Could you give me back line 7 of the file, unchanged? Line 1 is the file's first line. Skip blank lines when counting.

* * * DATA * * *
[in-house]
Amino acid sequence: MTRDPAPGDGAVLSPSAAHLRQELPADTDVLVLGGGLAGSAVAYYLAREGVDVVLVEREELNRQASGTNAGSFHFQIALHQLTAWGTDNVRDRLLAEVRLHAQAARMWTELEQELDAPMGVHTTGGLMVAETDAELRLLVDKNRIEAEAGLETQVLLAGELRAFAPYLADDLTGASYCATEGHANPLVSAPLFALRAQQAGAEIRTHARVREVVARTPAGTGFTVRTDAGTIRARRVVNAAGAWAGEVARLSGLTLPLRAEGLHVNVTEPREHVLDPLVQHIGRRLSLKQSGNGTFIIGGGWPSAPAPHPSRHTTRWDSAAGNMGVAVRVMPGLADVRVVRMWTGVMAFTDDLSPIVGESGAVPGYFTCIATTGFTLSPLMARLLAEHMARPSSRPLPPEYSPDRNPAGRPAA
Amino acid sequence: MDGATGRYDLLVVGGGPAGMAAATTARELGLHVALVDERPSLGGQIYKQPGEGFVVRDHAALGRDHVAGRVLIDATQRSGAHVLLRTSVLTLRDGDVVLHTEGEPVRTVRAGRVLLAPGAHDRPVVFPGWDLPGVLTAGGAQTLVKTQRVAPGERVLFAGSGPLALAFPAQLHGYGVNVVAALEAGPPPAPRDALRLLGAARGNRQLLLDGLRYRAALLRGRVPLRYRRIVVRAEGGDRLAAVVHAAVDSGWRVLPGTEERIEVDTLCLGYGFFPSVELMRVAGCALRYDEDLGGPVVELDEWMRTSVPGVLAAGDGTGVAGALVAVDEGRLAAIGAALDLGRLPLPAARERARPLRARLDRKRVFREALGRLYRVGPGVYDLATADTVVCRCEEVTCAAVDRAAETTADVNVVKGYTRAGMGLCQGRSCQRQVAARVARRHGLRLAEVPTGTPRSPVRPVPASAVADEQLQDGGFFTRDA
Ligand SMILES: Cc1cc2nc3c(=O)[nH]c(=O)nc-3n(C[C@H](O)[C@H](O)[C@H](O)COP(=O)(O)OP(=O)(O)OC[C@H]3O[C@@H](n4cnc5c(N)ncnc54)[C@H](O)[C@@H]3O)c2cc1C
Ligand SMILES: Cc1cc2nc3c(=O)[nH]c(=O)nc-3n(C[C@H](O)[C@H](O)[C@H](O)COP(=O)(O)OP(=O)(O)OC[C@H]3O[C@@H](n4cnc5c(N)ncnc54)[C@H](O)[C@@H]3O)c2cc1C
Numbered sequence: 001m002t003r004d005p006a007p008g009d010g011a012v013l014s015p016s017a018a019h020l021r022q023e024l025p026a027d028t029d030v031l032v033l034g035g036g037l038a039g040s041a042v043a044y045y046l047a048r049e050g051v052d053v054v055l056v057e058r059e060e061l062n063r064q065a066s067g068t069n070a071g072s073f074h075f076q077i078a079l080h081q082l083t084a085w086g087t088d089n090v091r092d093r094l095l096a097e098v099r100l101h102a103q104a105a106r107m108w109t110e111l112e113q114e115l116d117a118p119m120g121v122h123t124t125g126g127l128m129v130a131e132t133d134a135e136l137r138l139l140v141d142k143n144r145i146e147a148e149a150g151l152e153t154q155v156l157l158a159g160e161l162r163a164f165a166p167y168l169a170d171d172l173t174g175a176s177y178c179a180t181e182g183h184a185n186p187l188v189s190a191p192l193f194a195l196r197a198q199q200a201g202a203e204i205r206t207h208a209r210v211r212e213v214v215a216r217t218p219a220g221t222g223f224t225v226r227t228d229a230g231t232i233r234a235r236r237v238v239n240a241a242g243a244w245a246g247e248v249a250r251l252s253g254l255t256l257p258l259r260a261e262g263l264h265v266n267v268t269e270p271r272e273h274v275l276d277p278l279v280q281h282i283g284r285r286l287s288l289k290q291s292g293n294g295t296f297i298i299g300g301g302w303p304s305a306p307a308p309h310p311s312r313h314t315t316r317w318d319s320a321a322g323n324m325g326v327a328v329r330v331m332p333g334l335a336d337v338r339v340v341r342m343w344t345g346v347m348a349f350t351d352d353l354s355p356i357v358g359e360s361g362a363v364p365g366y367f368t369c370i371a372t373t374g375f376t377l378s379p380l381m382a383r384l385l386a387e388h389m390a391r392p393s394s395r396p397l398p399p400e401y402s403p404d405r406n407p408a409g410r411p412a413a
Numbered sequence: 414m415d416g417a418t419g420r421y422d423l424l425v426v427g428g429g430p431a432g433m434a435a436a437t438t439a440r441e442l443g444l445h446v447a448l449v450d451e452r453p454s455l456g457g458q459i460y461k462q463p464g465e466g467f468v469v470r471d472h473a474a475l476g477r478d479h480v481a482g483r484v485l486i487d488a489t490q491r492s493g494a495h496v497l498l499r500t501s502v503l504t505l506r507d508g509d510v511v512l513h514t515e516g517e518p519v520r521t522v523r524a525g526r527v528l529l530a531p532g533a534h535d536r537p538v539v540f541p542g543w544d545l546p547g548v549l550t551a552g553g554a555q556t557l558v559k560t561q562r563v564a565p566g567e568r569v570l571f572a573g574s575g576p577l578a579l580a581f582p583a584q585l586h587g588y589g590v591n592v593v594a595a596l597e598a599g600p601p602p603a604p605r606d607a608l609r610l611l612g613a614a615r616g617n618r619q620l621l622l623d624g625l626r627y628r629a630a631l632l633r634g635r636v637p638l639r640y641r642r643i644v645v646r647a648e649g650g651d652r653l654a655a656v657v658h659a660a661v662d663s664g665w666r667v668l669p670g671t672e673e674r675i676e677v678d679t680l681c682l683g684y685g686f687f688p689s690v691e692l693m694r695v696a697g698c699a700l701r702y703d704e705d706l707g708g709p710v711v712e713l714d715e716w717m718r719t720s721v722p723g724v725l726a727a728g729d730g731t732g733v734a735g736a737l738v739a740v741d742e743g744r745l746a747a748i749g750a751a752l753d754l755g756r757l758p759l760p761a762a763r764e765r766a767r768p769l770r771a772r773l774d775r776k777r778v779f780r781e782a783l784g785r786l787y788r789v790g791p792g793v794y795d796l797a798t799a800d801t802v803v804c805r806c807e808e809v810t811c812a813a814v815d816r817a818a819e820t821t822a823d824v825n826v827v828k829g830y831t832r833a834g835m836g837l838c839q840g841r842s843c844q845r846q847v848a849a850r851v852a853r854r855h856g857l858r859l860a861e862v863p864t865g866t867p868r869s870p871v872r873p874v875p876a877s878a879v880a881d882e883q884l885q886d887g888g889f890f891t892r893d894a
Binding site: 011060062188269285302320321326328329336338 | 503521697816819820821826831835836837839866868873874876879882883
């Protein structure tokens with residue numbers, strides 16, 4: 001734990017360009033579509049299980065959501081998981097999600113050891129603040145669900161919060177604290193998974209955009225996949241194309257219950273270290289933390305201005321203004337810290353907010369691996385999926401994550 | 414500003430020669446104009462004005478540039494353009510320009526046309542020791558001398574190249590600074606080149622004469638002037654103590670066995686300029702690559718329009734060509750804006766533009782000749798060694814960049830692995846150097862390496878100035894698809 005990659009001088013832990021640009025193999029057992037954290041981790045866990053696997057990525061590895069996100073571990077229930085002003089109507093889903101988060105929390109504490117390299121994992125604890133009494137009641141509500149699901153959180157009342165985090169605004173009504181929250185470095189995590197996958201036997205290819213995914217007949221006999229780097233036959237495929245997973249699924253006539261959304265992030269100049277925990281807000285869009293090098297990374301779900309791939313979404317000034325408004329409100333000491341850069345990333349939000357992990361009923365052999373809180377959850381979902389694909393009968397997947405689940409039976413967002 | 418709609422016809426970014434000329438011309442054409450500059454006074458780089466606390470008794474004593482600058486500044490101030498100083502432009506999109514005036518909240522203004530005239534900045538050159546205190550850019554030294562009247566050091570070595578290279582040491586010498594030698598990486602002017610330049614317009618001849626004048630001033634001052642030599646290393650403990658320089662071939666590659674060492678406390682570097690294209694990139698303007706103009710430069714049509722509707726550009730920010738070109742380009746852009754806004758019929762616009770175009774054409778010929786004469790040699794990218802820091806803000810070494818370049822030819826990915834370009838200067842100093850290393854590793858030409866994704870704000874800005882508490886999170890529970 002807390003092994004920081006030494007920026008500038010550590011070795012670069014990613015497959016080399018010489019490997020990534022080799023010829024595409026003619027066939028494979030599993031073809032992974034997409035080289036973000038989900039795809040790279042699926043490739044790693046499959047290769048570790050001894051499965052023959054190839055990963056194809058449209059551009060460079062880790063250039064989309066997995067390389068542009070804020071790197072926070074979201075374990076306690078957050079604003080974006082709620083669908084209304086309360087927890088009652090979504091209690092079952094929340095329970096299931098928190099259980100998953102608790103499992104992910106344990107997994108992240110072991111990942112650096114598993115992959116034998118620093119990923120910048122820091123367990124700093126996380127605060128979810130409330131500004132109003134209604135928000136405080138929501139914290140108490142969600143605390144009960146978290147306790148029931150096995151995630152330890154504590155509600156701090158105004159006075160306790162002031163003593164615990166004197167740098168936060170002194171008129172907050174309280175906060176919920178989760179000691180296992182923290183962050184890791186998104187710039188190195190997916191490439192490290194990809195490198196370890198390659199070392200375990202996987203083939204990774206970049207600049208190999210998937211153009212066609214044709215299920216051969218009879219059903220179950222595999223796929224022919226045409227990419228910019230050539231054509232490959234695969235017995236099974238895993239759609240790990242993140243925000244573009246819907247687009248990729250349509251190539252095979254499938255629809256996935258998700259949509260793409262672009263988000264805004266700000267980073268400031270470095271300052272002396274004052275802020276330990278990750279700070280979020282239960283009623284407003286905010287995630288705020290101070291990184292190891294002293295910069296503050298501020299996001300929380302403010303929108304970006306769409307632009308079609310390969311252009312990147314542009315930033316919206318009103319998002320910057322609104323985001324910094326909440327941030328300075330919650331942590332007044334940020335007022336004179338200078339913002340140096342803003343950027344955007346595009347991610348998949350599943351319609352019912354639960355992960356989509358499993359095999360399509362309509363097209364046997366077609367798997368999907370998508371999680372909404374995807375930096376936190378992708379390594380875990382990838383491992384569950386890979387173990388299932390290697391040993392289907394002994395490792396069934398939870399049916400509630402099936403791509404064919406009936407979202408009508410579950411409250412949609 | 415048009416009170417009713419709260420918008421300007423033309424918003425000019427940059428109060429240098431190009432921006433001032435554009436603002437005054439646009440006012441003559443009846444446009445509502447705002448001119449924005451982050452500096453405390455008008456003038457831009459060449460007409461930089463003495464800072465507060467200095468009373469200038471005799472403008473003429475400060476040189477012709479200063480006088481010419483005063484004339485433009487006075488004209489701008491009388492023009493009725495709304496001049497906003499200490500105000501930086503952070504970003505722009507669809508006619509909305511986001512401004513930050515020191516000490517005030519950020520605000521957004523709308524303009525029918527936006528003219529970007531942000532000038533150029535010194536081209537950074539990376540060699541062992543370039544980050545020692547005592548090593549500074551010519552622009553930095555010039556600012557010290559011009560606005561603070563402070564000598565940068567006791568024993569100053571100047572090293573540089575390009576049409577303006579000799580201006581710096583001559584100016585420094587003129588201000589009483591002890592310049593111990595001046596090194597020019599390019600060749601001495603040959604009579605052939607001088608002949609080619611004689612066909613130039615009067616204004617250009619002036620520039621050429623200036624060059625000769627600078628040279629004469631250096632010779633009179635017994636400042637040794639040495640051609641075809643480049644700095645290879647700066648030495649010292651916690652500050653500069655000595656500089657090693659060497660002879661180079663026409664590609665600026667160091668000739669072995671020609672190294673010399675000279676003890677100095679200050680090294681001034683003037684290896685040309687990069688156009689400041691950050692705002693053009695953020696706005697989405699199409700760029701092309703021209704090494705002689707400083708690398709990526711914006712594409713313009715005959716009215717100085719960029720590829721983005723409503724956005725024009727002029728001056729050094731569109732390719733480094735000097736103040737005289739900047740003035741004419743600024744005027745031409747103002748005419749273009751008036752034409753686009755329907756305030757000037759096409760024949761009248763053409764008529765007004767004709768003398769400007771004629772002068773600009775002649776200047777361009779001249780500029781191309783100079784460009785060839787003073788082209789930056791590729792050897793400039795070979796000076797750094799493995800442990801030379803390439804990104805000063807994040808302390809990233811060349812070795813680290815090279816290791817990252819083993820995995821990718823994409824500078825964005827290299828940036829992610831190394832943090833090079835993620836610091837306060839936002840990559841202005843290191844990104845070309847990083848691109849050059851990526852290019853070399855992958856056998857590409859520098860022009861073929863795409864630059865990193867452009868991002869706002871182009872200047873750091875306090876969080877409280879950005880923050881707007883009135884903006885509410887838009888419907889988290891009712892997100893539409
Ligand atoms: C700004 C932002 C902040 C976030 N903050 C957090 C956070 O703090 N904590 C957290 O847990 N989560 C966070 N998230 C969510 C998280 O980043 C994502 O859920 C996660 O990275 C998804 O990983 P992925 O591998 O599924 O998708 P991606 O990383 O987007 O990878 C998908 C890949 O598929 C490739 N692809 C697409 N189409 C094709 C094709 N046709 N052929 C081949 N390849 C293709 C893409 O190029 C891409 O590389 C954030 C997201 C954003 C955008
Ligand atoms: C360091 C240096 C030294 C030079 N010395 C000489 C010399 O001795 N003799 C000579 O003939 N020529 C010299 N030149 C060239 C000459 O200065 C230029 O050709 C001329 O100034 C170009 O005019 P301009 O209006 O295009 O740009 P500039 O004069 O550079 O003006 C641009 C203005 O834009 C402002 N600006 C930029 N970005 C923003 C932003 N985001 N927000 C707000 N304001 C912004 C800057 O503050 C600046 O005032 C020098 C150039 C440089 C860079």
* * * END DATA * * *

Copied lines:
Numbered sequence: 414m415d416g417a418t419g420r421y422d423l424l425v426v427g428g429g430p431a432g433m434a435a436a437t438t439a440r441e442l443g444l445h446v447a448l449v450d451e452r453p454s455l456g457g458q459i460y461k462q463p464g465e466g467f468v469v470r471d472h473a474a475l476g477r478d479h480v481a482g483r484v485l486i487d488a489t490q491r492s493g494a495h496v497l498l499r500t501s502v503l504t505l506r507d508g509d510v511v512l513h514t515e516g517e518p519v520r521t522v523r524a525g526r527v528l529l530a531p532g533a534h535d536r537p538v539v540f541p542g543w544d545l546p547g548v549l550t551a552g553g554a555q556t557l558v559k560t561q562r563v564a565p566g567e568r569v570l571f572a573g574s575g576p577l578a579l580a581f582p583a584q585l586h587g588y589g590v591n592v593v594a595a596l597e598a599g600p601p602p603a604p605r606d607a608l609r610l611l612g613a614a615r616g617n618r619q620l621l622l623d624g625l626r627y628r629a630a631l632l633r634g635r636v637p638l639r640y641r642r643i644v645v646r647a648e649g650g651d652r653l654a655a656v657v658h659a660a661v662d663s664g665w666r667v668l669p670g671t672e673e674r675i676e677v678d679t680l681c682l683g684y685g686f687f688p689s690v691e692l693m694r695v696a697g698c699a700l701r702y703d704e705d706l707g708g709p710v711v712e713l714d715e716w717m718r719t720s721v722p723g724v725l726a727a728g729d730g731t732g733v734a735g736a737l738v739a740v741d742e743g744r745l746a747a748i749g750a751a752l753d754l755g756r757l758p759l760p761a762a763r764e765r766a767r768p769l770r771a772r773l774d775r776k777r778v779f780r781e782a783l784g785r786l787y788r789v790g791p792g793v794y795d796l797a798t799a800d801t802v803v804c805r806c807e808e809v810t811c812a813a814v815d816r817a818a819e820t821t822a823d824v825n826v827v828k829g830y831t832r833a834g835m836g837l838c839q840g841r842s843c844q845r846q847v848a849a850r851v852a853r854r855h856g857l858r859l860a861e862v863p864t865g866t867p868r869s870p871v872r873p874v875p876a877s878a879v880a881d882e883q884l885q886d887g888g889f890f891t892r893d894a